2. As regards the question of notice, the Rent Controller referred to Exhibit P-2 the office copy of the notice dated 31st January, 1967, sent by the Counsel for the respondent terminating the tenancy of the petitioner ending with 28th February, 1967 and calling upon the petitioner to deliver vacant possession by 1st March, 1967 and Exhibit P-3 the postal acknowledgment showing that one T. Shanmugam had acknowledged the receipt of the notice on nth February, 1967 and expressed that it was probable that, in the absence of the petitioner, some of his inmates might have received the original of Exhibit P-2. On the assumption that Shanmugam who has signed the acknowledgment, Exhibit P-3 was an inmate in the house of the petitioner the Rent Controller held that a notice under Section 106 of the Transfer of Property Act was in fact issued to the petitioner. The appellate authority also refers to Exhibits P-2 and P-3 and takes the acknowledgment signed by Shanmugam as an acknowledgment made on behalf of the petitioner as it is of the view that unless the appellant (petitioner) had authorised somebody to receive letters on his behalf Shanmugam could not have received the letter addressed to the petitioner. On that view it held that the petitioner should be deemed to have received the original of Exhibit P-2 and that there had been a valid notice terminating the tenancy under Section 106 of the Transfer of Property Act.

3. The learned Counsel for the petitioner contends before me that, while the Rent Controller proceeds on the basis that Shanmugam who is said to have acknowledged the original of Exhibit P-2 under Exhibit P-3 was an inmate of the petitioner's house, the appellate authority has proceeded on the basis that T. Shanmugam had the requisite authority from the petitioner to acknowledge the notice, the original of Exhibit P-2. It is pointed out that before the Rent Controller no evidence was adduced on the part of the respondent to show that Shanmugam was an inmate of the petitioner's house or that he had the requisite authority to acknowledge and that in the absence of any evidence it was not open to the Court, to assume that Shanmugam was an inmate of petitioner's house or that Shanmugam had the requisite authority to receive the notice addressed to the petitioner. It is said that the respondent has not examined the postman who delivered the notice to show under what circumstances the letter was handed over to Shanmugam. It is also said that there is none with the name Shanmugam in the petitioners' house and that the acknowledgment by the said Shanmugam should not be treated as a valid service of notice on the petitioner.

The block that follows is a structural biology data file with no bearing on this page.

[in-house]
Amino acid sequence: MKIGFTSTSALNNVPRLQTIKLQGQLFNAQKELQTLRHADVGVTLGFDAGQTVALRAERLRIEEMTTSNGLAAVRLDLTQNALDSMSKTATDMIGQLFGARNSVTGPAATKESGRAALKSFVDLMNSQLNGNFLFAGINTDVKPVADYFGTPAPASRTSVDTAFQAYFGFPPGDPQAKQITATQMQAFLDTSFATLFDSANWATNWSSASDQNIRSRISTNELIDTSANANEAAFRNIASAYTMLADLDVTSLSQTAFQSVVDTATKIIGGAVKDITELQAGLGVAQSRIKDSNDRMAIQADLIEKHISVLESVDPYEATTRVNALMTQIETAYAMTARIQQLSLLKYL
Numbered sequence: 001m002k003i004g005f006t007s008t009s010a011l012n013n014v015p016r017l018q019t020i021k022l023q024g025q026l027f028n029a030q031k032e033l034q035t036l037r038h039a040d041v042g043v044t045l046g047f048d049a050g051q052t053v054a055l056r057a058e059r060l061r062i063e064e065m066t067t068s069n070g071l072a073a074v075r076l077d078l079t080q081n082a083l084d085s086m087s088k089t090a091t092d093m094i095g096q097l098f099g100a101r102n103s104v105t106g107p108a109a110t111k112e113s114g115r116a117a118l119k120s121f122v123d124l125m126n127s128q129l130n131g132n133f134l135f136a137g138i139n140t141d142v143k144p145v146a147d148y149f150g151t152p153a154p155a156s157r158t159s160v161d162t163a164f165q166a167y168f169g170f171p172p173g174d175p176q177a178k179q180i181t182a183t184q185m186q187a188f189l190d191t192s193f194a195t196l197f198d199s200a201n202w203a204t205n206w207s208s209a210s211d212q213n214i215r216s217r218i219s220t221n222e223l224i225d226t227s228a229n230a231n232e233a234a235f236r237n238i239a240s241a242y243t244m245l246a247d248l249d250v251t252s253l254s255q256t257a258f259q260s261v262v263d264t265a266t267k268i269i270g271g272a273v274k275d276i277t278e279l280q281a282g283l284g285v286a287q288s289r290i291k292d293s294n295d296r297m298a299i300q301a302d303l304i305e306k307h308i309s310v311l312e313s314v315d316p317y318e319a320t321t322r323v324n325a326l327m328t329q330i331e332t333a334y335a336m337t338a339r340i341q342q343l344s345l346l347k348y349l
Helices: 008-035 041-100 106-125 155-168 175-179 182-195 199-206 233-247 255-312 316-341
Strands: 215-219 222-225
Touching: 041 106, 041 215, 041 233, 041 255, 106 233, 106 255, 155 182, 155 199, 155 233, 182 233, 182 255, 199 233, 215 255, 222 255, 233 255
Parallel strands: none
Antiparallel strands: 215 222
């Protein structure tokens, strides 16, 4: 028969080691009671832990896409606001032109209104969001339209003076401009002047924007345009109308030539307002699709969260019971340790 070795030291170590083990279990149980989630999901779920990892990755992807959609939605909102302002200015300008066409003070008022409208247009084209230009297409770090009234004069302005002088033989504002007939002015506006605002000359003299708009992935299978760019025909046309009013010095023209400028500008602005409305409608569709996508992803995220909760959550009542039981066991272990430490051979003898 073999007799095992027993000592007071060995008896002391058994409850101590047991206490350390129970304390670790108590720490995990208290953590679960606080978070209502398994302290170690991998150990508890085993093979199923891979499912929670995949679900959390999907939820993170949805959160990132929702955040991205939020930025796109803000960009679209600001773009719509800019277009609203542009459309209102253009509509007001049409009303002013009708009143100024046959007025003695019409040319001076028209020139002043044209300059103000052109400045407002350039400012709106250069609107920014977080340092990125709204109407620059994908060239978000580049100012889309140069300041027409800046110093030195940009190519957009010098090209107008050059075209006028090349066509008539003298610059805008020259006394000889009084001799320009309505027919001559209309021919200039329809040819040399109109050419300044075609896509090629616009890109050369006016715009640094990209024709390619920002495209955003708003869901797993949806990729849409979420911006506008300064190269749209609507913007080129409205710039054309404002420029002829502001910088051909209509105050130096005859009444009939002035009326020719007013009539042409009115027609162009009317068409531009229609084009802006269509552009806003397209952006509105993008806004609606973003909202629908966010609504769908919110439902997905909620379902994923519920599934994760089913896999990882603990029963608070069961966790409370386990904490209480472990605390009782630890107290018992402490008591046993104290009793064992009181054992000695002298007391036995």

4. Exhibit P-2 is a typed copy of the notice said to have been addressed and sent to the petitioner at No. 78, Karaneeswarar Koil Street and Exhibit P-3 is the acknowledgment signed by one Shanmugham. Exhibit P-3 does not contain either the initial of the petitioner or his address. The recipient is shown as Shanmugam and it does not purport to have been signed on behalf of anyone else. On these facts the learned Counsel for the petitioner contends that the alleged notice not having been served on the petitioner, that notice is not sufficient to terminate the tenancy, and that the present eviction petition has to be dismissed as not maintainable.